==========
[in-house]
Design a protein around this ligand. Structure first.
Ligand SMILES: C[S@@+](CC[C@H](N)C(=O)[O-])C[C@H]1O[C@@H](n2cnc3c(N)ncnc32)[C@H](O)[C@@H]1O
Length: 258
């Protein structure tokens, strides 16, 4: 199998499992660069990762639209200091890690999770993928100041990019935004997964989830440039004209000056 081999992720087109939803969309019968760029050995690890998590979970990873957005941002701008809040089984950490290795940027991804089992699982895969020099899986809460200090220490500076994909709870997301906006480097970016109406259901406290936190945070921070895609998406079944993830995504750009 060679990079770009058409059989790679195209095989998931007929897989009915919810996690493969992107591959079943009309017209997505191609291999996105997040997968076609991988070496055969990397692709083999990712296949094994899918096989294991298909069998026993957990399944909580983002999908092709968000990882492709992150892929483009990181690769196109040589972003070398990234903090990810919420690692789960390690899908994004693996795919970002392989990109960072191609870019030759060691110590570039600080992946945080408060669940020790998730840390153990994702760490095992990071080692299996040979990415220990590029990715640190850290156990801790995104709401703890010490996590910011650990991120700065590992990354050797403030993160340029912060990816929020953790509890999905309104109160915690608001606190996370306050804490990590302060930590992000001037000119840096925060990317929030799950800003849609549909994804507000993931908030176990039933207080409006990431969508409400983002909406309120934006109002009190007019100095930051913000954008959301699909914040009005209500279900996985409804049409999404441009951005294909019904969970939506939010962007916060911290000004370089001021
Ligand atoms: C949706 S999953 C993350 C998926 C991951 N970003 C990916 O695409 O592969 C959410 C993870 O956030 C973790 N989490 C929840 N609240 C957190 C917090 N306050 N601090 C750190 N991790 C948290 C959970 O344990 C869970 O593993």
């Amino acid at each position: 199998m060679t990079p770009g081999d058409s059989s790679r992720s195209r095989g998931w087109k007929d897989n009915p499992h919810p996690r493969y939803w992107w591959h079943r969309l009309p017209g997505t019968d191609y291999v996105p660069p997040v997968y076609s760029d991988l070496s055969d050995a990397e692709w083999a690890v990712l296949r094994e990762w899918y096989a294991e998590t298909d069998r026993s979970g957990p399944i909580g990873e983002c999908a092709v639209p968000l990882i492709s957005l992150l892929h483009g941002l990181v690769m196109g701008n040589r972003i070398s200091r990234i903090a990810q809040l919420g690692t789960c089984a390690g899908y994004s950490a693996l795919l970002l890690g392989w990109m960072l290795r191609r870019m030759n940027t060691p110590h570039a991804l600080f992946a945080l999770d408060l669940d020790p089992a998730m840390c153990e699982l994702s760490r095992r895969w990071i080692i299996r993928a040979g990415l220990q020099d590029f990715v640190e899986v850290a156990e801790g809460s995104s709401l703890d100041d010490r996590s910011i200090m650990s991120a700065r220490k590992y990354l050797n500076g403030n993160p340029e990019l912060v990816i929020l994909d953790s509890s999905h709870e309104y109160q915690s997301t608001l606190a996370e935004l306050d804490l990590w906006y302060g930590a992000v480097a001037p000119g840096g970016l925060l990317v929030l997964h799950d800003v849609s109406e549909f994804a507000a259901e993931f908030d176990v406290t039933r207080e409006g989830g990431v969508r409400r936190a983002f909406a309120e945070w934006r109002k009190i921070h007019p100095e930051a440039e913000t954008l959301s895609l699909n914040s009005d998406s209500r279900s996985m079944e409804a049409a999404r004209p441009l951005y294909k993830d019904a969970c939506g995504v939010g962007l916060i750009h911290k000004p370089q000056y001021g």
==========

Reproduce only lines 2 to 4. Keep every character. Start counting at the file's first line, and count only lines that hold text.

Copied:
Design a protein around this ligand. Structure first.
Ligand SMILES: C[S@@+](CC[C@H](N)C(=O)[O-])C[C@H]1O[C@@H](n2cnc3c(N)ncnc32)[C@H](O)[C@@H]1O
Length: 258